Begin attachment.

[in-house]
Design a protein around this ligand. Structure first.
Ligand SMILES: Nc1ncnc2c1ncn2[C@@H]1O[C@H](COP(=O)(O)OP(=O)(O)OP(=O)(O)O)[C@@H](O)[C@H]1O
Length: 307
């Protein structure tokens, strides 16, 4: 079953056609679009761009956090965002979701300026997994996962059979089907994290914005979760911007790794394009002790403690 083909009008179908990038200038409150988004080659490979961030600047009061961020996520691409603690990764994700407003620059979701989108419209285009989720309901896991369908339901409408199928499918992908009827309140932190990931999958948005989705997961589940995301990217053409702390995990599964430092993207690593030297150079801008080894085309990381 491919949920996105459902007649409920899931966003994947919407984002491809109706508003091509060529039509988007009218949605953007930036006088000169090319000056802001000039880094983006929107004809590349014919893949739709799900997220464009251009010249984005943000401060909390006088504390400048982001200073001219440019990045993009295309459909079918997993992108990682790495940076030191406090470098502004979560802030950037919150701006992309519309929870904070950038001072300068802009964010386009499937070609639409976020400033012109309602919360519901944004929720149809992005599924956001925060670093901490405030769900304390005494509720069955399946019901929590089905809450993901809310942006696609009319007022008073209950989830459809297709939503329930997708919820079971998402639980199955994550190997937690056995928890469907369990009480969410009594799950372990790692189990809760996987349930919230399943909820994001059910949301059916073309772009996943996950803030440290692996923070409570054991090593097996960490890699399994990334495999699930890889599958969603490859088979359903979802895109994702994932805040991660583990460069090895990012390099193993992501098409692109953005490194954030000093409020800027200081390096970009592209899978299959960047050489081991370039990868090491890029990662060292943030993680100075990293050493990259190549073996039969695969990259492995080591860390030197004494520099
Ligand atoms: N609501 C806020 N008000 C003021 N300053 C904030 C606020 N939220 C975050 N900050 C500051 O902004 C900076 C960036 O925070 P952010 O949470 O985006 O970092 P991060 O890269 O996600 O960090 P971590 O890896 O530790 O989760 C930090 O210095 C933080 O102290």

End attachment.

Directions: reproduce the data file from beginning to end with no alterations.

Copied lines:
[in-house]
Design a protein around this ligand. Structure first.
Ligand SMILES: Nc1ncnc2c1ncn2[C@@H]1O[C@H](COP(=O)(O)OP(=O)(O)OP(=O)(O)O)[C@@H](O)[C@H]1O
Length: 307
């Protein structure tokens, strides 16, 4: 079953056609679009761009956090965002979701300026997994996962059979089907994290914005979760911007790794394009002790403690 083909009008179908990038200038409150988004080659490979961030600047009061961020996520691409603690990764994700407003620059979701989108419209285009989720309901896991369908339901409408199928499918992908009827309140932190990931999958948005989705997961589940995301990217053409702390995990599964430092993207690593030297150079801008080894085309990381 491919949920996105459902007649409920899931966003994947919407984002491809109706508003091509060529039509988007009218949605953007930036006088000169090319000056802001000039880094983006929107004809590349014919893949739709799900997220464009251009010249984005943000401060909390006088504390400048982001200073001219440019990045993009295309459909079918997993992108990682790495940076030191406090470098502004979560802030950037919150701006992309519309929870904070950038001072300068802009964010386009499937070609639409976020400033012109309602919360519901944004929720149809992005599924956001925060670093901490405030769900304390005494509720069955399946019901929590089905809450993901809310942006696609009319007022008073209950989830459809297709939503329930997708919820079971998402639980199955994550190997937690056995928890469907369990009480969410009594799950372990790692189990809760996987349930919230399943909820994001059910949301059916073309772009996943996950803030440290692996923070409570054991090593097996960490890699399994990334495999699930890889599958969603490859088979359903979802895109994702994932805040991660583990460069090895990012390099193993992501098409692109953005490194954030000093409020800027200081390096970009592209899978299959960047050489081991370039990868090491890029990662060292943030993680100075990293050493990259190549073996039969695969990259492995080591860390030197004494520099
Ligand atoms: N609501 C806020 N008000 C003021 N300053 C904030 C606020 N939220 C975050 N900050 C500051 O902004 C900076 C960036 O925070 P952010 O949470 O985006 O970092 P991060 O890269 O996600 O960090 P971590 O890896 O530790 O989760 C930090 O210095 C933080 O102290």